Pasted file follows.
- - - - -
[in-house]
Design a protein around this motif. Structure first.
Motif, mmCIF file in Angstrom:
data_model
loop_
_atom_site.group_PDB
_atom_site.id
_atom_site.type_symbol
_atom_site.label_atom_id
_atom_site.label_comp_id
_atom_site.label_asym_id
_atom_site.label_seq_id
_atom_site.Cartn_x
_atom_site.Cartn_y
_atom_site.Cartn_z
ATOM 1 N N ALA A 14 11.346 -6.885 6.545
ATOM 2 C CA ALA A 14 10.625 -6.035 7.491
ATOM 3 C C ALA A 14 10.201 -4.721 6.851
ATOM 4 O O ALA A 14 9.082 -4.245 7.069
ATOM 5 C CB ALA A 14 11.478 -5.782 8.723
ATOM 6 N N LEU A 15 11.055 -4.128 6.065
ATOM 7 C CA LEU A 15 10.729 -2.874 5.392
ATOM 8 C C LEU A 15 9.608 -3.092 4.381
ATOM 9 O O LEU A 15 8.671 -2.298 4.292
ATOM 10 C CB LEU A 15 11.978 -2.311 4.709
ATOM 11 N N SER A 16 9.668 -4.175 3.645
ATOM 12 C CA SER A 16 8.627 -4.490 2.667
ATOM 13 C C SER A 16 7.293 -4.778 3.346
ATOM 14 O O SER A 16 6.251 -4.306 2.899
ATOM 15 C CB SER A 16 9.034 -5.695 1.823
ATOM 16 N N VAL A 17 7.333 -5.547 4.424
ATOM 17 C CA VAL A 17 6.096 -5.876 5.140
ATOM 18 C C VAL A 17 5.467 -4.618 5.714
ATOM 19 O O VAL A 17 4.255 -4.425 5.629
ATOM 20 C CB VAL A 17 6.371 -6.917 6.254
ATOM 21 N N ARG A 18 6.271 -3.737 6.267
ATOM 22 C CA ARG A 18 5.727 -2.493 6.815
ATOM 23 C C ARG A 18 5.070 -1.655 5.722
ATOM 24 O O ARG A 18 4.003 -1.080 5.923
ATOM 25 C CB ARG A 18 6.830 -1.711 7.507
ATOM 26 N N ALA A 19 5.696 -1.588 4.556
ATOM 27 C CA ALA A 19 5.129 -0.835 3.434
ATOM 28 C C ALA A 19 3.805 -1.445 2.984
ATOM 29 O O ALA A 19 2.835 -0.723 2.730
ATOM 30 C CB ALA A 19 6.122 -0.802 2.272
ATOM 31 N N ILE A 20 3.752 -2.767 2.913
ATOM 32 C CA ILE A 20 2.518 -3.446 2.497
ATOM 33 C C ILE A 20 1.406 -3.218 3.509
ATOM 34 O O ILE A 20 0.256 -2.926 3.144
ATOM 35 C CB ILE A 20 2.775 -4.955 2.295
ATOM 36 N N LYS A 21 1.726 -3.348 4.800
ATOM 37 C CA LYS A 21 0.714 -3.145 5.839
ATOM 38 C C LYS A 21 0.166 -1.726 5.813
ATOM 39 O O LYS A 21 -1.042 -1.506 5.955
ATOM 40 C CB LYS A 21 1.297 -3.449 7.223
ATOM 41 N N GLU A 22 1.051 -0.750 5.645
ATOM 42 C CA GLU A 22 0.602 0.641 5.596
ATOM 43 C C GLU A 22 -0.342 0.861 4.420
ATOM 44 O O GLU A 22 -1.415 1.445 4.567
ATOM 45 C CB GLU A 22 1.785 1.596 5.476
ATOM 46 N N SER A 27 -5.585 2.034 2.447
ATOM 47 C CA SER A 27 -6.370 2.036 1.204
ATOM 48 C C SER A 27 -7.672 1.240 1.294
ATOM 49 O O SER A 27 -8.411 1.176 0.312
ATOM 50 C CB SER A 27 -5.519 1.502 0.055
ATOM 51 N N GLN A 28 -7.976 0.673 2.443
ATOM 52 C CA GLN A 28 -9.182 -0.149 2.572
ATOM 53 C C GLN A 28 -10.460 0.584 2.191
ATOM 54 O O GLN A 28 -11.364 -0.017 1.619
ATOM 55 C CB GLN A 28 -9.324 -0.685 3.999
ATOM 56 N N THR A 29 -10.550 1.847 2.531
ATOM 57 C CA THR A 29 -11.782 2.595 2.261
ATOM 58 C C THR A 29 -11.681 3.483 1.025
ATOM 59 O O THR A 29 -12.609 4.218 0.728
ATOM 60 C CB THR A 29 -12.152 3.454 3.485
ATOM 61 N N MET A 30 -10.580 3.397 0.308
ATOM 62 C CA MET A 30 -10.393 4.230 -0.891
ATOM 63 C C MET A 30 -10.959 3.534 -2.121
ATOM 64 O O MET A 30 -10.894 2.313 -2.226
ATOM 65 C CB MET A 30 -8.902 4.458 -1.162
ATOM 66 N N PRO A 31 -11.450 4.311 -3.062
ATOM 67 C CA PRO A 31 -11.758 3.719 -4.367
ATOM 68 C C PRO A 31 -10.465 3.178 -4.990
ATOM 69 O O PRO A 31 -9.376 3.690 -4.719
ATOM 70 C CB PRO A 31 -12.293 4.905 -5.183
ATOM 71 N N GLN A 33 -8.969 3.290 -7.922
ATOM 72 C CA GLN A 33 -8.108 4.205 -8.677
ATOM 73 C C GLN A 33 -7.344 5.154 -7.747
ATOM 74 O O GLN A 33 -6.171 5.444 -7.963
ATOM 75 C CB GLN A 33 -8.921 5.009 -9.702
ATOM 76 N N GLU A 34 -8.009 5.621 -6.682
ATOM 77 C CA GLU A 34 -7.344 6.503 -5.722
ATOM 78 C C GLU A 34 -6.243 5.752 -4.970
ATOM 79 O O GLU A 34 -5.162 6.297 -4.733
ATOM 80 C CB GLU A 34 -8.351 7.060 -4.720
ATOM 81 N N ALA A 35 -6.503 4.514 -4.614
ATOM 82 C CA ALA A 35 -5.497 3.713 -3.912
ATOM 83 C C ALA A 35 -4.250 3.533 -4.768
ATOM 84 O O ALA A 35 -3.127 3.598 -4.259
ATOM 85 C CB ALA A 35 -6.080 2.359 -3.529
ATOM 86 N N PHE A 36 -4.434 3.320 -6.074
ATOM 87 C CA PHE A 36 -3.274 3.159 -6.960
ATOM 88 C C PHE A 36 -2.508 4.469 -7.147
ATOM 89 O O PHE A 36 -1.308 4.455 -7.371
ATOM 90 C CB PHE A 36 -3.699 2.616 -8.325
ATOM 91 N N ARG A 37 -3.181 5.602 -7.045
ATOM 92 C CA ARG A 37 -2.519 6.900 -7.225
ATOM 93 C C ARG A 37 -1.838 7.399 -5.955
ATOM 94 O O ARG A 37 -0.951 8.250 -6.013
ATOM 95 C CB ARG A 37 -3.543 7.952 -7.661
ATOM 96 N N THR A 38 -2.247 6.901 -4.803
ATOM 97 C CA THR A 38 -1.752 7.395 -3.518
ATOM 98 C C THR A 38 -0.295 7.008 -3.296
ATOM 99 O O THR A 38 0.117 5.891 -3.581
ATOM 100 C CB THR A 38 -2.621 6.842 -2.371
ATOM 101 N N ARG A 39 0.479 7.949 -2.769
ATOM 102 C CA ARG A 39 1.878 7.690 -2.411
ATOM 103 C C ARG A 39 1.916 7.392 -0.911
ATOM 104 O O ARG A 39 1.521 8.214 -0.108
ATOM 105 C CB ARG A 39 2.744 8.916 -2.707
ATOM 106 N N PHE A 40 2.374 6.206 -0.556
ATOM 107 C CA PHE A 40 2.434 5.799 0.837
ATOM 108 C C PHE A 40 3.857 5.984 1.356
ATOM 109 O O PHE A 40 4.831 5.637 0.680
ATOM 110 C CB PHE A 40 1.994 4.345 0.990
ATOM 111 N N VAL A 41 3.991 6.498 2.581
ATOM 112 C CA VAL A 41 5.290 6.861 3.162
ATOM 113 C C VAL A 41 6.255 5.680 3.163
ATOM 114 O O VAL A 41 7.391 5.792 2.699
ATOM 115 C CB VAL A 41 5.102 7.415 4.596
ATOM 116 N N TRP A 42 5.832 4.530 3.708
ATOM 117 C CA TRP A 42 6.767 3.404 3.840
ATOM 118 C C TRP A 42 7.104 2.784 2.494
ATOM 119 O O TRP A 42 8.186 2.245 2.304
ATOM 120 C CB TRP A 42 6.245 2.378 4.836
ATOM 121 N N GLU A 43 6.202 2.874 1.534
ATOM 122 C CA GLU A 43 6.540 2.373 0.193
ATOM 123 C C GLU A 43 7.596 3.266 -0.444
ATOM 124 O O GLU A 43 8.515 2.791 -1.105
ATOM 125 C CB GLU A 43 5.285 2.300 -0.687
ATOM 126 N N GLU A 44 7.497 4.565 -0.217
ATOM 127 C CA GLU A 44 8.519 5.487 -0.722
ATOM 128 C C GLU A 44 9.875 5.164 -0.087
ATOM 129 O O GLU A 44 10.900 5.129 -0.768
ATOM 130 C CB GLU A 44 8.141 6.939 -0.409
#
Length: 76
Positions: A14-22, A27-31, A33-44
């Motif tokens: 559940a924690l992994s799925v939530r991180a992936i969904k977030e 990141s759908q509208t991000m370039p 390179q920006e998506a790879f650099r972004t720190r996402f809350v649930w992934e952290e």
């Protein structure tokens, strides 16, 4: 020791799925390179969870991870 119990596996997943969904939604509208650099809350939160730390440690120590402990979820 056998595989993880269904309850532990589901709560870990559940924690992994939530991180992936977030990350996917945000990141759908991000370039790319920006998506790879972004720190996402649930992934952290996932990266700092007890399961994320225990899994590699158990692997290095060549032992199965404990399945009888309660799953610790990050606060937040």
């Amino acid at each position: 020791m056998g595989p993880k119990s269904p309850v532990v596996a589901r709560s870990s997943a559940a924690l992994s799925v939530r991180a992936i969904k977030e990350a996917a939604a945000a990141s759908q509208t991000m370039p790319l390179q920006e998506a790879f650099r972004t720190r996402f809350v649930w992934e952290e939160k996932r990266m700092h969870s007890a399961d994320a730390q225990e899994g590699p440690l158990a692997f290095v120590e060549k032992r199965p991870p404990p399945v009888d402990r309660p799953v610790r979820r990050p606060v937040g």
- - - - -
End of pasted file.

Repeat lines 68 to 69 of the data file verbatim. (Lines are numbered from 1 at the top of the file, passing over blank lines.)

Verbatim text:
ATOM 53 C C GLN A 28 -10.460 0.584 2.191
ATOM 54 O O GLN A 28 -11.364 -0.017 1.619